PUC reverses course on faculty layoffs
The Associated Press September 14, 2013 5:06PM
Updated: October 16, 2013 6:54AM
HAMMOND — Purdue University Calumet has rescinded its layoffs of seven tenure-track faculty members a month after telling those instructors that declining enrollment had cost them their jobs.
Purdue Calumet’s interim vice chancellor for academic affairs, Peggy Gerard, said in an administrative blog posting that the Hammond school rescinded the layoffs because the campus’ fall enrollment had been better than expected.
School officials had expected to see a 7 percent drop in fall credit hour enrollment at Purdue Calumet, but the decline was only about 4 percent.
Prior to Wednesday’s announcement by Gerard, the seven affected faculty members had been preparing for their contracts to end at the conclusion of this or next academic year.
Marcus Rogers, a cyberforensics professor at Purdue’s West Lafayette campus, told the Journal & Courier he’s pleased with how the situation turned out.
“We really couldn’t ask for a lot more other than it never happened in the first place,” he said. “At the end of the day, seven faculty members have their jobs back.”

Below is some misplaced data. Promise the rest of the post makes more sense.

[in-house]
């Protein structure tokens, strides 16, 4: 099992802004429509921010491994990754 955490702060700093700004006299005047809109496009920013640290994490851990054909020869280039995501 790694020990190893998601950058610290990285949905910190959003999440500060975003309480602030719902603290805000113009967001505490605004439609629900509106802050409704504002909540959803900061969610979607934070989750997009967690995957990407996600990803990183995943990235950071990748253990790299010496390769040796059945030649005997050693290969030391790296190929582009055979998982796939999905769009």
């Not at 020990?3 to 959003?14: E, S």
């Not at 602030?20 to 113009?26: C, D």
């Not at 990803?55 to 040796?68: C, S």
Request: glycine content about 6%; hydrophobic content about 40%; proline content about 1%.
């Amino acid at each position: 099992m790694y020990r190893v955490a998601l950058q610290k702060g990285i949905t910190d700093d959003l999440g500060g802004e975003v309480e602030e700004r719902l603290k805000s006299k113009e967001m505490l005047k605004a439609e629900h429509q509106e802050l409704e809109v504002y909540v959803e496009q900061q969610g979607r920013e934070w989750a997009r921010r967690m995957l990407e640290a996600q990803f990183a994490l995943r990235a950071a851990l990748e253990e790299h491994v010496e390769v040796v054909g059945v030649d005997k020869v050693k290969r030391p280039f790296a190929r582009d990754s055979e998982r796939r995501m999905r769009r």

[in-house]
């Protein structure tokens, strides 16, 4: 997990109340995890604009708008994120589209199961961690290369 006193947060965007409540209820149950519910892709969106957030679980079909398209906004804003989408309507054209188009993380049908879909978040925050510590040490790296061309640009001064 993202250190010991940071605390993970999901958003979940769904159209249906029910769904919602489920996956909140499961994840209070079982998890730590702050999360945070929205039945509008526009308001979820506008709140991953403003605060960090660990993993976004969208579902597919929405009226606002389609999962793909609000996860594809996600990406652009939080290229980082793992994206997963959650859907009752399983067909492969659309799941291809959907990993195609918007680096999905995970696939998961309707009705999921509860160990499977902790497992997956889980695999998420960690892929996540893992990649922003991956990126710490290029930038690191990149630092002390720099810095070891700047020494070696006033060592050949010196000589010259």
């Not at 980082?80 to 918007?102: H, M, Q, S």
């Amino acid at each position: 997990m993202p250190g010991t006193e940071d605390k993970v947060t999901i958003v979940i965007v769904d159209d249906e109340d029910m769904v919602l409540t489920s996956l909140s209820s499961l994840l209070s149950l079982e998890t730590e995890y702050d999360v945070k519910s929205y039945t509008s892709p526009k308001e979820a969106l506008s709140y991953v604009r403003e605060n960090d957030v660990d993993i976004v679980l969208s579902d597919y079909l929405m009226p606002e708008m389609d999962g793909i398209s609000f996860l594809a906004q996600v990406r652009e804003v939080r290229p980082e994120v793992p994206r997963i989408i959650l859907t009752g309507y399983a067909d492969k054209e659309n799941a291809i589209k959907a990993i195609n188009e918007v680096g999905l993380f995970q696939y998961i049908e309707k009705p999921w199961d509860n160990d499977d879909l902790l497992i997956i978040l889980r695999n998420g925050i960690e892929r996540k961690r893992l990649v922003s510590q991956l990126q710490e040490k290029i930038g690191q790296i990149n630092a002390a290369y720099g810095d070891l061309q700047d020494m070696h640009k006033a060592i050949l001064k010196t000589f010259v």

Purdue Calumet administrators had sent the notices in early August in response to anticipated lower enrollment they said would cost the university $3 million. The notices prompted a wave of complaints from faculty and the Indiana Conference of the American Association of University Professors.
That group said Purdue Calumet did not properly demonstrate that its financial situation merited the cuts and administrators did not make faculty “meaningfully involved” in cost-cutting decisions.
Although the overall enrollment numbers were improved, school officials said Purdue Calumet will still see a $2 million budget shortfall. Gerard said the school will cover that by saving $1 million from 15 faculty members who took retirement buyouts and by reducing $1 million from its budget in non-instructional areas.
Following the layoffs, Purdue Calumet faculty created their own chapter of the American Association of University Professors.
David Nalbone, an associate professor of psychology who’s president of the new AAUP chapter, said he’s happy that the layoffs were rescinded.
“We’re still concerned about the process and especially making sure something like this doesn’t happen again,” he said.